Now, we rejoice, and feel grateful baptismal vows, and live the slaves to God, that legal persecution for the of a sinful world, instead of being name of Christ has long ceased; but the servants of God. We see nomost incorrect is it to say that there. thing in the facts which daily press fore the text (Luke xiv. 25—27) and around us to lead us to believe, with all similar passages are obsolete, and Dr. Maltby, that the declaration that that there is never any danger of “ all that will live godly in Christ “ opposing or offending our nearest Jesus shall suffer persecution,” was and dearest connexions” by such confined to the primitive age. Christ, an honest profession of our faith in and all who desire to be the true Christ as we are pledged to in our disciples of Christ, are persecuted, baptismal covenant. Dr. Maltby, so far as the laws and usages of notwithstanding his respectable rank society allow, as much now as they and station in the Christian church, were in the days of Diocletian. Look can have had little practical ac- at our marts of business, our walks quaintance with the details of pas- of literature, our houses of parliatoral advising, if he has not met with ment, and even our academical many cases which directly oppose his bowers, and say in which of them assertion. Instances are frequent, the humbling doctrines of the Goswe could ourselves adduce many— pel, and the holy life and heavenlyof young persons, often young mindedness which it enjoins, are women, who have been reduced to the popular themes of favour. How the very difficulty which Dr. Malthy many of our daily and weekly newsthinks now unknown, of choosing papers, and monthly and quarterly between Christ on the one hand, periodical publications, and other and their dearest earthly relation- popular works, evince that we are a ships on the other. Numerous pa- nation among whom “ to know nopers have appeared in ourown volumes thing but Jesus Christ, and him cruon the line of conduct due in such cified,” is the general acclamation ? extremely painful and perplexing cir- Has persecution ceased, when relicumstances. Does Dr. Maltby know gious persons in both our houses of no families in which persecution is parliament tell us they dare not urge carried to the utmost extent of every a scriptural motive, or go beyond a legal domestic infliction of displea- distant frigid allusion to sacred tosure, reproach, and injury, for no pics, on subjects of the most serious greater crime than because some of national interest, without the most unequivocal marks of distaste, and devoted ? Being neither "morality," scarcely suppressed contempt ? Has nor“ evidences,” nor“ criticism,” persecution ceased, when a prelate, nor“ history," the only heads which whose learning and powerful intel. they can be referred to are the “ aslect, and straight-forward manly con- perities of polemics," "scholastic duct, and exemplary devotion to the jargon,” and “ metaphysical subduties of his high office, we might tlety." And is this the way in have supposed would have protected which a divine of the Church of him from gratuitous reproach, can. England, and who, the newspapers not stand up as becomes a Christian say, may some time be a bishop, and a bishop, in a matter involving speaks of that glorious code of Dithe dearest interests of his country vine truth which God has revealed and the honour of God, without for the salvation of a fallen world? being sneered at as a favourer of Is it thus that Dr. Maltby ventures sanctimonious cant and puritanical to blot out from his definition of precision ? If Dr. Maltby finds his theology,” the fall and guilt of pastoral experience at Buckden cor- man, the atonement and Divinity of roborate his views, we rejoice at his Christ, the Godhead and operations living in such a Goshen ; from which of the Holy Ghost, and all the other may he never be torn by “ adverse articles of belief which are properly fate,” for we cannot promise him included in that term? If he does such another village from Cornwall not mean to blot them out, then to Berwick-upon-Tweed. In all they must come under the opproothers, the old-fashioned descrip- brious epithets above stated; an altertions and denunciations of Scrip- native that does not mend the matter. ture still apply, and our puritanical But it may be said that we are Prayer-book is still apposite. captious ; that it cannot be that the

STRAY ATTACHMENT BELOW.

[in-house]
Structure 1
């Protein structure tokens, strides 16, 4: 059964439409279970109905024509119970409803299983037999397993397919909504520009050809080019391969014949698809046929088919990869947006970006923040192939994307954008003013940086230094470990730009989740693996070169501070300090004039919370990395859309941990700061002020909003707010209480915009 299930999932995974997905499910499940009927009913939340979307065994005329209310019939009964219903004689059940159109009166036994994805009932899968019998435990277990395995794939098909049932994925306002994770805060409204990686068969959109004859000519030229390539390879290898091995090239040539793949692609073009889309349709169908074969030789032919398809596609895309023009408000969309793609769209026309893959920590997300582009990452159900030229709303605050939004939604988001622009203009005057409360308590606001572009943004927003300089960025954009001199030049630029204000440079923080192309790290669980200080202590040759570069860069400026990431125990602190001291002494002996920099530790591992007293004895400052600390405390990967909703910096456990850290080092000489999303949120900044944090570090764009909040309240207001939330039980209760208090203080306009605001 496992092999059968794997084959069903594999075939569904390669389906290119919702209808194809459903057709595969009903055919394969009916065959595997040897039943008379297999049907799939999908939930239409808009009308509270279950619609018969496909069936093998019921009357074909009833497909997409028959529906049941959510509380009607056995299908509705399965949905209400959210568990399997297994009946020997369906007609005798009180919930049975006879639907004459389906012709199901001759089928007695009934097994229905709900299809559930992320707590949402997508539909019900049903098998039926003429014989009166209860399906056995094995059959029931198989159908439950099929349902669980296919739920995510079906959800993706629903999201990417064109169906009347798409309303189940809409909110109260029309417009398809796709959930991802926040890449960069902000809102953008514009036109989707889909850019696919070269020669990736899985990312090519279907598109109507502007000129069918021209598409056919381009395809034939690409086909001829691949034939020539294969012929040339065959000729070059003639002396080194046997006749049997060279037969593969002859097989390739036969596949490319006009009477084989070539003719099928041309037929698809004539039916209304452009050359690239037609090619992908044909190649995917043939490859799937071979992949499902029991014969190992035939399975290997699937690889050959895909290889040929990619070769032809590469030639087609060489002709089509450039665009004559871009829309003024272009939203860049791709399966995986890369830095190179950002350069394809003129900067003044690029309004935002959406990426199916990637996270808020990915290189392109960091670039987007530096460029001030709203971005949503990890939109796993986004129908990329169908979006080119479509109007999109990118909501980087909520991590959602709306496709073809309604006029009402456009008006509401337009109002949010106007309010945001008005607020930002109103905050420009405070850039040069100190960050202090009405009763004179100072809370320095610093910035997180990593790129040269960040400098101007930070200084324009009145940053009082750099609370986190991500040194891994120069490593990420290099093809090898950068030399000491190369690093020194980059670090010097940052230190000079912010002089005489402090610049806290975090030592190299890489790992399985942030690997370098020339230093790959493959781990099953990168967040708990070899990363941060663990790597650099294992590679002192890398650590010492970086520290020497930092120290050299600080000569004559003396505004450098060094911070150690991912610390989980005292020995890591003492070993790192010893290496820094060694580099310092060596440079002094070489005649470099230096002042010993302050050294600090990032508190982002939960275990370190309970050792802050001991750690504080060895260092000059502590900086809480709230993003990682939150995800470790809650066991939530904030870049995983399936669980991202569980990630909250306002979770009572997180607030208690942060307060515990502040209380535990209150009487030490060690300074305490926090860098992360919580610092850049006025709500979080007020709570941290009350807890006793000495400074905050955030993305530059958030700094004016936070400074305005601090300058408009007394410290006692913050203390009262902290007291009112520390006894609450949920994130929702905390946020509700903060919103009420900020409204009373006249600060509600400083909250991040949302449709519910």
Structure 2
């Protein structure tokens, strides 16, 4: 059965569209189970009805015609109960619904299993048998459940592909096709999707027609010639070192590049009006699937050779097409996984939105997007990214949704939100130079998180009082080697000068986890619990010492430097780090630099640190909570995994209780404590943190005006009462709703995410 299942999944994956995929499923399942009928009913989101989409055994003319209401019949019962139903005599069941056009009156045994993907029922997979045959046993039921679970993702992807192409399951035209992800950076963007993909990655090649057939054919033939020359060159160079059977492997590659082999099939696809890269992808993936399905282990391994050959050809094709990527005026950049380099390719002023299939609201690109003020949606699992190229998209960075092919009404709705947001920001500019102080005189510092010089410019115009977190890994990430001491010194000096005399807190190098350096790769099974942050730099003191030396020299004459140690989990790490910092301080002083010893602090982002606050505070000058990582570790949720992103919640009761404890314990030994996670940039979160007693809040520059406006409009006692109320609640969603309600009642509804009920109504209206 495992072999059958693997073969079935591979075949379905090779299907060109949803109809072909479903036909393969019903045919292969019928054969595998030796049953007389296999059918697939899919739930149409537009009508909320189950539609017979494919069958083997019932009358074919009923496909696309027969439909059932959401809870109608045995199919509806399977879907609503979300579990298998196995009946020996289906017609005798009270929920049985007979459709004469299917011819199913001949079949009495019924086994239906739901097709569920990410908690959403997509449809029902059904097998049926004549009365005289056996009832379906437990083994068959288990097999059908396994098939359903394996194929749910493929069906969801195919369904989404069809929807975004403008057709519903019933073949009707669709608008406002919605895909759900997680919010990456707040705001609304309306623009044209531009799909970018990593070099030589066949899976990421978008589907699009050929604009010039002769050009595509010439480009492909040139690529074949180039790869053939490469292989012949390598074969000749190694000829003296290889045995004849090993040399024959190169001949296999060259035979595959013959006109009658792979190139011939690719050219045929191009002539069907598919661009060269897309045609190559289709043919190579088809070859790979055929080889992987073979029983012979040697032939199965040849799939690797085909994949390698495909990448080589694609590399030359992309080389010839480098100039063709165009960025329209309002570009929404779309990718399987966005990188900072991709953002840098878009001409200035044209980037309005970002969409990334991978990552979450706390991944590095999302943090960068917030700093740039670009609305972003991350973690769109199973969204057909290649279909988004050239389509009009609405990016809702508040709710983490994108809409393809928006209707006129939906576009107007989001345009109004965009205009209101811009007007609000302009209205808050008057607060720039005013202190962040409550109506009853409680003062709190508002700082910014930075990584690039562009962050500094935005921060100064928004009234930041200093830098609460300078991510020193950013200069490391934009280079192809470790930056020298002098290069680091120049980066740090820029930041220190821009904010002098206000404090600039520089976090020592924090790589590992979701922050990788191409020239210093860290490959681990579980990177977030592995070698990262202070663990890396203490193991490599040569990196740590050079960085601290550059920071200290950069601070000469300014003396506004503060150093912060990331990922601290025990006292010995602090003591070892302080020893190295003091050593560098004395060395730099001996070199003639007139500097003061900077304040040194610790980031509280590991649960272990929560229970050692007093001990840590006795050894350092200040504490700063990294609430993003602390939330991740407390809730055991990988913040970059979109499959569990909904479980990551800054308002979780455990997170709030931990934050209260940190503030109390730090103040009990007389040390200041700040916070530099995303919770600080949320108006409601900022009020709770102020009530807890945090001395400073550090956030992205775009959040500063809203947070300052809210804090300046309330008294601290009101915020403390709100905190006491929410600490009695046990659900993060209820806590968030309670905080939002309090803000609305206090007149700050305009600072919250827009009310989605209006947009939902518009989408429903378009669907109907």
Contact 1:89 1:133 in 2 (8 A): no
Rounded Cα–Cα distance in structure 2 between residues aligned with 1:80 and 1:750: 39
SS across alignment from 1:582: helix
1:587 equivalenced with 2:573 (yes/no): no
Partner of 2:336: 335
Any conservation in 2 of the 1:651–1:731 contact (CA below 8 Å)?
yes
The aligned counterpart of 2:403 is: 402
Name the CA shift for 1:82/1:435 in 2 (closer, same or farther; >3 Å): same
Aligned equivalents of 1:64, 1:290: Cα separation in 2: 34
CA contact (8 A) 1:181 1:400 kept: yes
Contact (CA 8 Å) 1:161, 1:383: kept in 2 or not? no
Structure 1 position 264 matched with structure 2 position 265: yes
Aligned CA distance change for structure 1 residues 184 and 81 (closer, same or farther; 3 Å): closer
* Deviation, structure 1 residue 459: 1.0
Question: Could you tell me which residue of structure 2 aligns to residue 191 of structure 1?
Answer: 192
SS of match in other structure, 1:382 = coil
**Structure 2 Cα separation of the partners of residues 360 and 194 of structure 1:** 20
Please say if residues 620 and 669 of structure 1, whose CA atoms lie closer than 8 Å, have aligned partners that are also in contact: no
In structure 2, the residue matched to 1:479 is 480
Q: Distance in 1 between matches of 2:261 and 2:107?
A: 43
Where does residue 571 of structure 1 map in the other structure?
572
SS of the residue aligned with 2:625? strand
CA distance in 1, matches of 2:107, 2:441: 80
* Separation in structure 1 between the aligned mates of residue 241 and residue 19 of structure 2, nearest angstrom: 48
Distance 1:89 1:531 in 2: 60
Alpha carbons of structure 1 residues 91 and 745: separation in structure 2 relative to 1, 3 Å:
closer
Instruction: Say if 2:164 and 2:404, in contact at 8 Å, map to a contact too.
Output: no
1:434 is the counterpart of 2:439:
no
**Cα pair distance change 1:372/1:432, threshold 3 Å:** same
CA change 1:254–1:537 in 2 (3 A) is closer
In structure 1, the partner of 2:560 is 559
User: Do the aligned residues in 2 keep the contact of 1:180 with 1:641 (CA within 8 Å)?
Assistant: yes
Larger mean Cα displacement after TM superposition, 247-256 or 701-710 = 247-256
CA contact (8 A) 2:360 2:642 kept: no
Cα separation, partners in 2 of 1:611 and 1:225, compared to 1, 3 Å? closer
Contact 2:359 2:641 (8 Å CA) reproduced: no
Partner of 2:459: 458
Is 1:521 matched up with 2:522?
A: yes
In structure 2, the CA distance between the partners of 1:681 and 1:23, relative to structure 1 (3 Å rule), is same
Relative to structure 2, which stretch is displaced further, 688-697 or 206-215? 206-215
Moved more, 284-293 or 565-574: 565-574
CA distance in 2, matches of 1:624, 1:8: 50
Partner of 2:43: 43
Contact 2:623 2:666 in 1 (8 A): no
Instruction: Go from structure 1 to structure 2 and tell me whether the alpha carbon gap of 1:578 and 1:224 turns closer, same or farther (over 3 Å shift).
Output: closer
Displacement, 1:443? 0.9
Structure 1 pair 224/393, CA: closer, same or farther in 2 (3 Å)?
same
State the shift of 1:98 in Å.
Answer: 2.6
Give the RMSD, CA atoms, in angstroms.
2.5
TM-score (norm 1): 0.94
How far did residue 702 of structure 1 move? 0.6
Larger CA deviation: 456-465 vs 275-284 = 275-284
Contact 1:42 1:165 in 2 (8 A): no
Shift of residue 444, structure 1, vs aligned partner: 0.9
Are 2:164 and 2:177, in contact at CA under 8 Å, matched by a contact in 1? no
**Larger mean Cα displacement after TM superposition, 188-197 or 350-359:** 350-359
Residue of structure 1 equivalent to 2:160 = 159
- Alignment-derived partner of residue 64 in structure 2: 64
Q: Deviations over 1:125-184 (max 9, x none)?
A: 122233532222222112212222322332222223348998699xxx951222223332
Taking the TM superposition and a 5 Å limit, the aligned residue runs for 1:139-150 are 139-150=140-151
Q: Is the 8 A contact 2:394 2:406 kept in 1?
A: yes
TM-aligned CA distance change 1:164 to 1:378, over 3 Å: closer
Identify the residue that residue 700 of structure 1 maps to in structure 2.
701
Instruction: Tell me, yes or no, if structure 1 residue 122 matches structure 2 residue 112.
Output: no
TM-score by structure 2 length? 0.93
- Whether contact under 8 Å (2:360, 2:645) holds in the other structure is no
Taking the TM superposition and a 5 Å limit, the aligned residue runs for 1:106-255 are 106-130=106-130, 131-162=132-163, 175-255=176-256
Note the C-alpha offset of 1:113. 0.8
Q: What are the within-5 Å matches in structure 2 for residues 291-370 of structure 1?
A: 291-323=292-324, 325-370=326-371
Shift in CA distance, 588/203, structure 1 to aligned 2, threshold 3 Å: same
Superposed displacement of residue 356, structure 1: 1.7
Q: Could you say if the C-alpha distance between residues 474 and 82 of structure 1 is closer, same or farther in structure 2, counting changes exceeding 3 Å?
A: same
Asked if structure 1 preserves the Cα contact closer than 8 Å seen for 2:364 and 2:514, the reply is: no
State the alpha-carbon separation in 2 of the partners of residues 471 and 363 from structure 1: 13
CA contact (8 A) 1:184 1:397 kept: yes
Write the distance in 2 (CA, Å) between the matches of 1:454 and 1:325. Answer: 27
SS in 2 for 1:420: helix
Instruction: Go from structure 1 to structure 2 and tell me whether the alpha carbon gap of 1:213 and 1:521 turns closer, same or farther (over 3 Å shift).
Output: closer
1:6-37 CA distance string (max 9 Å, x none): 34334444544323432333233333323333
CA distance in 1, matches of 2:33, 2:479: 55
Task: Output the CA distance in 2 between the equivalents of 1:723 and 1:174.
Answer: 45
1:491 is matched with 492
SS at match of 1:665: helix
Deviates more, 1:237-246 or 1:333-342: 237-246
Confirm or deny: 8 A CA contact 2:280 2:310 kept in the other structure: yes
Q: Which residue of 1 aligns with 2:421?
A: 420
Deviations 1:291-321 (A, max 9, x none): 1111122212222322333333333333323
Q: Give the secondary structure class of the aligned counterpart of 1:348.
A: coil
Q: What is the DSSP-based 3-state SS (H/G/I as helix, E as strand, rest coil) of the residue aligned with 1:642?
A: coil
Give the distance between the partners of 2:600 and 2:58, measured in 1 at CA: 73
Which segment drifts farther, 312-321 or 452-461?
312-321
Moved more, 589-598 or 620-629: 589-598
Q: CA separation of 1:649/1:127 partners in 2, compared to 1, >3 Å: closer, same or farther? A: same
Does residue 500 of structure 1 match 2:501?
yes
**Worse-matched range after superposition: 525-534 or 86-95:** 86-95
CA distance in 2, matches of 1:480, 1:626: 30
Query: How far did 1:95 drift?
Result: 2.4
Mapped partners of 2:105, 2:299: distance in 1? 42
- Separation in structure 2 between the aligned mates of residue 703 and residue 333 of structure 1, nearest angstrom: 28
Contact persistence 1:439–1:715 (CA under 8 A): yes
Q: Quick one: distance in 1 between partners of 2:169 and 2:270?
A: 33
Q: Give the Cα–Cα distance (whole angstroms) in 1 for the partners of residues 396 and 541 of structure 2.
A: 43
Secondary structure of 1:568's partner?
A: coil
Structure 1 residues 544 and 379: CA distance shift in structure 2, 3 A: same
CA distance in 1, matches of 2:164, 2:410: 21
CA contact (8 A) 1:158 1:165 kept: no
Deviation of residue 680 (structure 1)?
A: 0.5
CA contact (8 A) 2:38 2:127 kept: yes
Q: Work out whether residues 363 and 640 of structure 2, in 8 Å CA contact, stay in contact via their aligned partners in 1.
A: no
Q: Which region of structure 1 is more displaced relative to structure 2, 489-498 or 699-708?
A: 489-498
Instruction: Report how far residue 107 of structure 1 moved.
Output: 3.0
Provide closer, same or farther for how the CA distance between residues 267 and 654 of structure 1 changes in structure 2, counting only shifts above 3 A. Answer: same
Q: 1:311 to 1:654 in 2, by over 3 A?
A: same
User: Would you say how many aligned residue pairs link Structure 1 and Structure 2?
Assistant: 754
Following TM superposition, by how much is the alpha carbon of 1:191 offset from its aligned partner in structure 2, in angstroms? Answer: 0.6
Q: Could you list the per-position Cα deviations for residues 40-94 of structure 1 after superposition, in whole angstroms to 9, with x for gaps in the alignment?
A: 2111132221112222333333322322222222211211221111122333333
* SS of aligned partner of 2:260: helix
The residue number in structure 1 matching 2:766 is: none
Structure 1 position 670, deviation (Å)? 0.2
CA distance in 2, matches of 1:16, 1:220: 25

We were curious to discover what Reverend author could mean what is really Dr. Maltby's view of Chris- the passage nakedly considered imtian theology; and we found it de- plies. Now we have sought through fined as follows, in another of his the whole volume for any one senCambridge University sermons.- tence that presents such an unequi
" When I speak of theology, suppose vocal elucidation of his meaning as not that I mean to recommend only the would justify us in retracting what jejuneness of morality, or the asperities